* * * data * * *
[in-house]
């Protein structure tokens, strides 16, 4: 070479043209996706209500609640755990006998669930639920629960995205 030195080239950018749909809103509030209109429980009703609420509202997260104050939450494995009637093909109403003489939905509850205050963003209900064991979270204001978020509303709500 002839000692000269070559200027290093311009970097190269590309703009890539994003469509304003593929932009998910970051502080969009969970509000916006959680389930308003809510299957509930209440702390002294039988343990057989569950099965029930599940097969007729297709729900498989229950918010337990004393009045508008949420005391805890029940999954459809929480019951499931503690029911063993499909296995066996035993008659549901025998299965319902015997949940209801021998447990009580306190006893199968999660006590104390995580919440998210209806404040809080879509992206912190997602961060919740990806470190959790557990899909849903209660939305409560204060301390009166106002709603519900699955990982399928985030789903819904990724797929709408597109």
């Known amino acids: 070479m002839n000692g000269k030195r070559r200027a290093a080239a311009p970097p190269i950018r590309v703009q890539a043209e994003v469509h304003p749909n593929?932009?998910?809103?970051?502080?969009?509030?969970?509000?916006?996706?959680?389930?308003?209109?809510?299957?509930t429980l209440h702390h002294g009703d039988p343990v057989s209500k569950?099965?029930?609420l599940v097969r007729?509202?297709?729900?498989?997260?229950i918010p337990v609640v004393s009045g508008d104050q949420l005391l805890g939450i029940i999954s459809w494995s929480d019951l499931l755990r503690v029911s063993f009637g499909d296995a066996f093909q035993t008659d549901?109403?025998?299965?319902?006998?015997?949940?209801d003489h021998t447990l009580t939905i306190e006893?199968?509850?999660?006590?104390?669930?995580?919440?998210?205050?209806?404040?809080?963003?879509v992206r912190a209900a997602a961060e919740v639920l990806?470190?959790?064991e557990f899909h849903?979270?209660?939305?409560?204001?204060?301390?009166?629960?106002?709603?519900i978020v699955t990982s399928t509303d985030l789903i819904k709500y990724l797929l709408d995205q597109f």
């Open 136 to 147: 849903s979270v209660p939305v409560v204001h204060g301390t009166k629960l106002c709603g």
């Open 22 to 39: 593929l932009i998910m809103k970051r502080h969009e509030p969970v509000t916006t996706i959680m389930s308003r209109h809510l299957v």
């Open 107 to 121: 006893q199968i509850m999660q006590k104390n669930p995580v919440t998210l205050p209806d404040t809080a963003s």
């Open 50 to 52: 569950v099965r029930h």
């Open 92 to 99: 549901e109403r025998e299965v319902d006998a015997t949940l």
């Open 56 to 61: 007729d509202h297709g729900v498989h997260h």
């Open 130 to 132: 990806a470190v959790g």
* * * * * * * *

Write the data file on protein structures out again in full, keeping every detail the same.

[in-house]
């Protein structure tokens, strides 16, 4: 070479043209996706209500609640755990006998669930639920629960995205 030195080239950018749909809103509030209109429980009703609420509202997260104050939450494995009637093909109403003489939905509850205050963003209900064991979270204001978020509303709500 002839000692000269070559200027290093311009970097190269590309703009890539994003469509304003593929932009998910970051502080969009969970509000916006959680389930308003809510299957509930209440702390002294039988343990057989569950099965029930599940097969007729297709729900498989229950918010337990004393009045508008949420005391805890029940999954459809929480019951499931503690029911063993499909296995066996035993008659549901025998299965319902015997949940209801021998447990009580306190006893199968999660006590104390995580919440998210209806404040809080879509992206912190997602961060919740990806470190959790557990899909849903209660939305409560204060301390009166106002709603519900699955990982399928985030789903819904990724797929709408597109």
């Known amino acids: 070479m002839n000692g000269k030195r070559r200027a290093a080239a311009p970097p190269i950018r590309v703009q890539a043209e994003v469509h304003p749909n593929?932009?998910?809103?970051?502080?969009?509030?969970?509000?916006?996706?959680?389930?308003?209109?809510?299957?509930t429980l209440h702390h002294g009703d039988p343990v057989s209500k569950?099965?029930?609420l599940v097969r007729?509202?297709?729900?498989?997260?229950i918010p337990v609640v004393s009045g508008d104050q949420l005391l805890g939450i029940i999954s459809w494995s929480d019951l499931l755990r503690v029911s063993f009637g499909d296995a066996f093909q035993t008659d549901?109403?025998?299965?319902?006998?015997?949940?209801d003489h021998t447990l009580t939905i306190e006893?199968?509850?999660?006590?104390?669930?995580?919440?998210?205050?209806?404040?809080?963003?879509v992206r912190a209900a997602a961060e919740v639920l990806?470190?959790?064991e557990f899909h849903?979270?209660?939305?409560?204001?204060?301390?009166?629960?106002?709603?519900i978020v699955t990982s399928t509303d985030l789903i819904k709500y990724l797929l709408d995205q597109f």
């Open 136 to 147: 849903s979270v209660p939305v409560v204001h204060g301390t009166k629960l106002c709603g």
């Open 22 to 39: 593929l932009i998910m809103k970051r502080h969009e509030p969970v509000t916006t996706i959680m389930s308003r209109h809510l299957v």
């Open 107 to 121: 006893q199968i509850m999660q006590k104390n669930p995580v919440t998210l205050p209806d404040t809080a963003s």
């Open 50 to 52: 569950v099965r029930h």
């Open 92 to 99: 549901e109403r025998e299965v319902d006998a015997t949940l």
């Open 56 to 61: 007729d509202h297709g729900v498989h997260h």
């Open 130 to 132: 990806a470190v959790g």